How to Put Your Video Interview Face On
Thirty percent of employers now use video interviews during some part of the interview process, which means modern candidates need to be ready to communicate effectively in this format.
Sadly, you can’t rely on your face-to face-interview skills to excel during video screening. Studies show that video interviews have a “personality-dampening” effect, so candidates need to work harder to make the same impact they might make in a face-to-face setting.
So, how do you put your video interview face on? Here are a few tips:
1. Spare No Expense With Your Audiovisual Technology
A $1, bargain-bin webcam and microphone won’t cut it. You wouldn’t turn up to an interview in a worn-out suit, would you? Well, that’s effectively what you are doing at a video interview if you use bad AV tech.
You don’t have to go for T.V. production quality – although it would make one hell of an impression – but you should at least aim for mid-range HD webcams and microphones. This kind of equipment is the equivalent of walking into a traditional interview well-groomed and smartly dressed.
2. Set Up a Professional Workspace for the Interview
In a video interview, your workspace reflects who you are, so you better make sure it’s professional. Ideally, you’ll want to participate in all video interviews from a tidy, well-stocked home office. This will make you look like someone who is organized, motivated, and effective.
3. Dress Well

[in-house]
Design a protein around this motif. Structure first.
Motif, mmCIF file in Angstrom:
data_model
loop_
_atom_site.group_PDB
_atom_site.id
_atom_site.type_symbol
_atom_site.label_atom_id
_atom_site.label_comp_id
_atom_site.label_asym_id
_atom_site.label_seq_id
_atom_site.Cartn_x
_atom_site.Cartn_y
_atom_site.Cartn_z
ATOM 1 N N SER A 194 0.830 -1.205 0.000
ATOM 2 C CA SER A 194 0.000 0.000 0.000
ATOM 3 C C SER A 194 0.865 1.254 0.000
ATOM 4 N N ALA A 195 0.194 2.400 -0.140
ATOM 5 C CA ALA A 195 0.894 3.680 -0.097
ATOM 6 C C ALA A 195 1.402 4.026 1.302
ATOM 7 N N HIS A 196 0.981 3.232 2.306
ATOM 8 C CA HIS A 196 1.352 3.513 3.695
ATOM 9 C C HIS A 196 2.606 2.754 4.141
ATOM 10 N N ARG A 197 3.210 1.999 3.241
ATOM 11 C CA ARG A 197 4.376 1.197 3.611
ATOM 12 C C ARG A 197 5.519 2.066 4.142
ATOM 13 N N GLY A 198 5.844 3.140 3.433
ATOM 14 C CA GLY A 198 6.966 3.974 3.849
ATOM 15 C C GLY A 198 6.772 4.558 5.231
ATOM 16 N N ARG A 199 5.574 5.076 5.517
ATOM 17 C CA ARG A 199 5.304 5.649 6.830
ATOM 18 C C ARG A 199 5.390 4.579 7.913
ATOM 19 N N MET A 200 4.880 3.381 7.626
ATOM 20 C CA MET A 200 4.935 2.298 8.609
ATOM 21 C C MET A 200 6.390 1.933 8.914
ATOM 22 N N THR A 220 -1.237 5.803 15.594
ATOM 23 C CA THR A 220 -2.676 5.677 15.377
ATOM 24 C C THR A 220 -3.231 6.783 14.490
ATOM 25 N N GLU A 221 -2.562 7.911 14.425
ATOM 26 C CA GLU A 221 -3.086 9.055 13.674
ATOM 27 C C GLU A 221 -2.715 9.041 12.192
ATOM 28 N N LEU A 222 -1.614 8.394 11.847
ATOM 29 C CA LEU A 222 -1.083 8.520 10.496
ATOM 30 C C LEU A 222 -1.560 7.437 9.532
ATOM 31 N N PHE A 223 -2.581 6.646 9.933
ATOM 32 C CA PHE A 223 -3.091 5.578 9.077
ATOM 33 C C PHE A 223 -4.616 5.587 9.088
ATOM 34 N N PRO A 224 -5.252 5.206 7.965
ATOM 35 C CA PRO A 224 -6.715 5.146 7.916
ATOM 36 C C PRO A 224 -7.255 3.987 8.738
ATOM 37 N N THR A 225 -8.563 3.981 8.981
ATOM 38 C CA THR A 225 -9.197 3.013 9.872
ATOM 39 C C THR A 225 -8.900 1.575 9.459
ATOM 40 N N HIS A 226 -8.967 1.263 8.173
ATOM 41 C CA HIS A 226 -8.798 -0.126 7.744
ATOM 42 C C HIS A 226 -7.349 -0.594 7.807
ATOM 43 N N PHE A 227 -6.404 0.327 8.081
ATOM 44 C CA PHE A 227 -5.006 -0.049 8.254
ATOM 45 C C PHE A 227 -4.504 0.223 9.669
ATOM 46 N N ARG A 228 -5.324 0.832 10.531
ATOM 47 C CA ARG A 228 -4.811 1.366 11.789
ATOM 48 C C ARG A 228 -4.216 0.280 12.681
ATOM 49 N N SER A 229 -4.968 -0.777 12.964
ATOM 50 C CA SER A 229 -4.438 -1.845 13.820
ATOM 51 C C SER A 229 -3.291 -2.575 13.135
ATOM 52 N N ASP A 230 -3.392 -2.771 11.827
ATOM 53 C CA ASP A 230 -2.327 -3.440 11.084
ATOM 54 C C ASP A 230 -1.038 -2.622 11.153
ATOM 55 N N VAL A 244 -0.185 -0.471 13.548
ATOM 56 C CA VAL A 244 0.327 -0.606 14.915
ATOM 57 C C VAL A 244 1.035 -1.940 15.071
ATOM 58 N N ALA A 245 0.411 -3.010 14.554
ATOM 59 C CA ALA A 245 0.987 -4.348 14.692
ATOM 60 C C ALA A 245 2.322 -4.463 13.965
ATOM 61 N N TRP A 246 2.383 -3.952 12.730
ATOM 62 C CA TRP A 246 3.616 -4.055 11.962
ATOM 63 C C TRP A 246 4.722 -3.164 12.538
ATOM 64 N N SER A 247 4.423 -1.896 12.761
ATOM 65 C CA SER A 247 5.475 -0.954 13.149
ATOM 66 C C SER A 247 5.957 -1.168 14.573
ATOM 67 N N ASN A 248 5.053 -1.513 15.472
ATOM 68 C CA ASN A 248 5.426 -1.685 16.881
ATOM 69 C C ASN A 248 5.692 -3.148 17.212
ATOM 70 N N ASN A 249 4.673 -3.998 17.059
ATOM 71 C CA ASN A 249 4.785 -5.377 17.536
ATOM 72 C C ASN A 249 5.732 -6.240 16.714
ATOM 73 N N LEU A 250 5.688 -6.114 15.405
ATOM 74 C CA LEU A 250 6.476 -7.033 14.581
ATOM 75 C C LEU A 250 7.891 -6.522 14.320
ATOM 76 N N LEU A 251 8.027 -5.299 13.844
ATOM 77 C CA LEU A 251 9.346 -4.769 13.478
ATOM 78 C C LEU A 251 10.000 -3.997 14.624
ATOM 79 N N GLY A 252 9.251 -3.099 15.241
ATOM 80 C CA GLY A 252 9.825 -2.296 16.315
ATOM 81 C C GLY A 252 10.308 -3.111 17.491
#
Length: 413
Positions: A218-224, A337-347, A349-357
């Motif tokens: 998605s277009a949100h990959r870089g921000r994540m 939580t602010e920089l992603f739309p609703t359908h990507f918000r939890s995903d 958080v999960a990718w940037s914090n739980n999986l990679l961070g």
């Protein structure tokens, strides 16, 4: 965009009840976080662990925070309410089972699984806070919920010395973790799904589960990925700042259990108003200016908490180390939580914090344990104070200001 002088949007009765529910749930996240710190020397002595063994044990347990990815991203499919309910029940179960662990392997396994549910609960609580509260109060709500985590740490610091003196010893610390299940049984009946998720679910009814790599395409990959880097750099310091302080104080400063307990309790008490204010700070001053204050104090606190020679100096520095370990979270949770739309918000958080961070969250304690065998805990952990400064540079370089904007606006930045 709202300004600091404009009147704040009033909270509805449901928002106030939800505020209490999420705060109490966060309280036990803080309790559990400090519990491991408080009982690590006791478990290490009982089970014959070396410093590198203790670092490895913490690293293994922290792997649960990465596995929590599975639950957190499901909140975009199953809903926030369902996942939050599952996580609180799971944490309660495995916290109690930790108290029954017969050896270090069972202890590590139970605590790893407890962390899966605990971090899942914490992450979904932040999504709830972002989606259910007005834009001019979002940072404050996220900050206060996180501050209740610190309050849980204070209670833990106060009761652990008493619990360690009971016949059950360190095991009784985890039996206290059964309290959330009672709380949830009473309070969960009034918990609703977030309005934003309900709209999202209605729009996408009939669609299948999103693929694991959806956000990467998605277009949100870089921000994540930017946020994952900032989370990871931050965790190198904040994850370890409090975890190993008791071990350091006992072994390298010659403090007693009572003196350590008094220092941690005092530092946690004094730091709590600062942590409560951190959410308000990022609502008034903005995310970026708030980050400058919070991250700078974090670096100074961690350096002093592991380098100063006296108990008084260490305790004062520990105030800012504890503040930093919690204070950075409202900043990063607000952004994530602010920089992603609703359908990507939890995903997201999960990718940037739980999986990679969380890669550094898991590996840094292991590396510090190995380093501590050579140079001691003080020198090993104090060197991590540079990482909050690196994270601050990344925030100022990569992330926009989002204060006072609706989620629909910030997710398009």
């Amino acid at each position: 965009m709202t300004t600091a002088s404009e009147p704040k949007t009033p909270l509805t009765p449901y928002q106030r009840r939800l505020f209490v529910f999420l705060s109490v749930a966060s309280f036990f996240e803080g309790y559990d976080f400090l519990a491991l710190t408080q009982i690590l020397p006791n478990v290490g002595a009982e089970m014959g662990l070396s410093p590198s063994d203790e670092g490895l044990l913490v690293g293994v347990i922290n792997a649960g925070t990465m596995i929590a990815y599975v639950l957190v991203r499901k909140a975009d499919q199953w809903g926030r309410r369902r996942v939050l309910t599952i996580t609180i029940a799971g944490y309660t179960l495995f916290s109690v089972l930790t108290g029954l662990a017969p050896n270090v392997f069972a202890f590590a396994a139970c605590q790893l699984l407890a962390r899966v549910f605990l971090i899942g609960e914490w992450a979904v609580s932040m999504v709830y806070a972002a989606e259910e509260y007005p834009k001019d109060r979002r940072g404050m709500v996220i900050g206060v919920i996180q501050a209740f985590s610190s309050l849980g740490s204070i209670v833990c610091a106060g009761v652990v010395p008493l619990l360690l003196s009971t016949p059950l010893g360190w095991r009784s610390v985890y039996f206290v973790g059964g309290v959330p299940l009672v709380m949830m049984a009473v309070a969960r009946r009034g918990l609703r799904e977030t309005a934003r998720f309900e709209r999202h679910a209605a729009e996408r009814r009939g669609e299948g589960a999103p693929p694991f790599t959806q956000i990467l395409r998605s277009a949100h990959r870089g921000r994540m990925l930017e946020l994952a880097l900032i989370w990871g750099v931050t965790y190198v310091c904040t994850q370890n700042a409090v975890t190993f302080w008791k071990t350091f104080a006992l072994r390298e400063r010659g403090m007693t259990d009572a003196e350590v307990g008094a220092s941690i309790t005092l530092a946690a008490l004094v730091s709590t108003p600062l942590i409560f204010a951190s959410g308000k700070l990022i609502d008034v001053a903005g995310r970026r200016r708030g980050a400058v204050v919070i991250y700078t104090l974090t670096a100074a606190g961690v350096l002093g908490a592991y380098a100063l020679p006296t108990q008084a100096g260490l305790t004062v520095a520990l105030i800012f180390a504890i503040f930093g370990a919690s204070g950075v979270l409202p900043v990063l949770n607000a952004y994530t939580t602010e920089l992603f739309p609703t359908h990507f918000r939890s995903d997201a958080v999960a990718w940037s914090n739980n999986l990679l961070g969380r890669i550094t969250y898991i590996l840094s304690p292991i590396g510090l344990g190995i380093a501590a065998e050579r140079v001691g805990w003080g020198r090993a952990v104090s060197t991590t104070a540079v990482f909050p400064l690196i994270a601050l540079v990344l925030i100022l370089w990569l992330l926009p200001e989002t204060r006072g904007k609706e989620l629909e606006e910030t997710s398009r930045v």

Video interviews are similar to face-to-face interviews in that you are expected to dress well. This is no time for pajamas, even if you are at home.
However, there are some additional wardrobe considerations you need to take for video interviews. The general advice is to avoid clothes with stripes or bold colors, as they can be distracting. Now, you don’t want to lend in with your background. You want to make a visual impact, so consider wearing darker colors against a light background or lighter colors against a dark background.
Test out a few different outfits before the interview to see what works best on your webcam. It’s an art, not a science, so you will need to do some tinkering to get it right.
4. Make Eye Contact
Research tells us that, all else being equal, a candidate who makes appropriate eye contact with an interviewer will make a better impression than one who doesn’t. Just because you’re sitting for a video interview, you aren’t off the hook. Eye contact still matters.
It’s important to remember, however, that in this case eye contact doesn’t mean looking at the interviewer on screen – it means looking into your camera.
You don’t need to stare into the camera for the entire duration of the interview, though. That might be off-putting. It’s okay to look away from time to time, especially when you are formulating a response. Of course, even when you’re not looking into the camera, you want to appear engaged. Try cupping your chin or nodding slightly to demonstrate your responsiveness.
5. Be More Expressive than Usual
I mentioned the personality-dampening effect of video interviews above. In part, this means that during video interviews, your normal facial expressions and body language will come across in less pronounced ways. You’ll need to compensate for this by gesticulating more often to emphasize words, enunciating for greater impact, and leaning in to the camera regularly to show your particular interest in a topic.
Video interviews share many similarities with face-to-face interviews, especially in terms of the format, but the medium does change quite a lot. That’s why you need to be aware of the specific challenges that can arise during video interviews. It’s the only way to ensure you give your best performance.